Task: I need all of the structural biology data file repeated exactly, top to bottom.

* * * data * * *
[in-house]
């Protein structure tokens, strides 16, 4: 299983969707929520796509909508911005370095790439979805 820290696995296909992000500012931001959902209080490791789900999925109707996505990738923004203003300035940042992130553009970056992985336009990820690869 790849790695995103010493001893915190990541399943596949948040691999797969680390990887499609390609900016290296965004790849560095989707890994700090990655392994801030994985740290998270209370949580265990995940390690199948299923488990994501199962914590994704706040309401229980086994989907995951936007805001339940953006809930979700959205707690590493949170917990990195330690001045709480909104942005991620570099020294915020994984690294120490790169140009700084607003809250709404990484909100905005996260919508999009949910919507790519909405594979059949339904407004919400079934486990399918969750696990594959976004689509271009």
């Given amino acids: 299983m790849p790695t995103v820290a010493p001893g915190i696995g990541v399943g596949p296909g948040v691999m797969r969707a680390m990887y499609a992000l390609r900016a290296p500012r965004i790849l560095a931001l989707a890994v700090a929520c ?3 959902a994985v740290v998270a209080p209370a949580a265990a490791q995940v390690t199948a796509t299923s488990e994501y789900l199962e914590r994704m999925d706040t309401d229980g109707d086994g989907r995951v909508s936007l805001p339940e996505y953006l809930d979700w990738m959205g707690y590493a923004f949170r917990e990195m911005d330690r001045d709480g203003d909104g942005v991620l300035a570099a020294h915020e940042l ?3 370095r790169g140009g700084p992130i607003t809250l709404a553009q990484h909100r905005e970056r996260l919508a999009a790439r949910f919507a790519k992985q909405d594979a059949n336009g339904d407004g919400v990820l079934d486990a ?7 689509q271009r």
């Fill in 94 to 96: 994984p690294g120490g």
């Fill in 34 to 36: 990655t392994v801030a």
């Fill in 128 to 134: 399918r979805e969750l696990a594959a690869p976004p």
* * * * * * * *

[in-house]
């Protein structure tokens, strides 16, 4: 299983969707929520796509909508911005370095790439979805 820290696995296909992000500012931001959902209080490791789900999925109707996505990738923004203003300035940042992130553009970056992985336009990820690869 790849790695995103010493001893915190990541399943596949948040691999797969680390990887499609390609900016290296965004790849560095989707890994700090990655392994801030994985740290998270209370949580265990995940390690199948299923488990994501199962914590994704706040309401229980086994989907995951936007805001339940953006809930979700959205707690590493949170917990990195330690001045709480909104942005991620570099020294915020994984690294120490790169140009700084607003809250709404990484909100905005996260919508999009949910919507790519909405594979059949339904407004919400079934486990399918969750696990594959976004689509271009």
């Given amino acids: 299983m790849p790695t995103v820290a010493p001893g915190i696995g990541v399943g596949p296909g948040v691999m797969r969707a680390m990887y499609a992000l390609r900016a290296p500012r965004i790849l560095a931001l989707a890994v700090a929520c ?3 959902a994985v740290v998270a209080p209370a949580a265990a490791q995940v390690t199948a796509t299923s488990e994501y789900l199962e914590r994704m999925d706040t309401d229980g109707d086994g989907r995951v909508s936007l805001p339940e996505y953006l809930d979700w990738m959205g707690y590493a923004f949170r917990e990195m911005d330690r001045d709480g203003d909104g942005v991620l300035a570099a020294h915020e940042l ?3 370095r790169g140009g700084p992130i607003t809250l709404a553009q990484h909100r905005e970056r996260l919508a999009a790439r949910f919507a790519k992985q909405d594979a059949n336009g339904d407004g919400v990820l079934d486990a ?7 689509q271009r």
């Fill in 94 to 96: 994984p690294g120490g």
């Fill in 34 to 36: 990655t392994v801030a």
């Fill in 128 to 134: 399918r979805e969750l696990a594959a690869p976004p």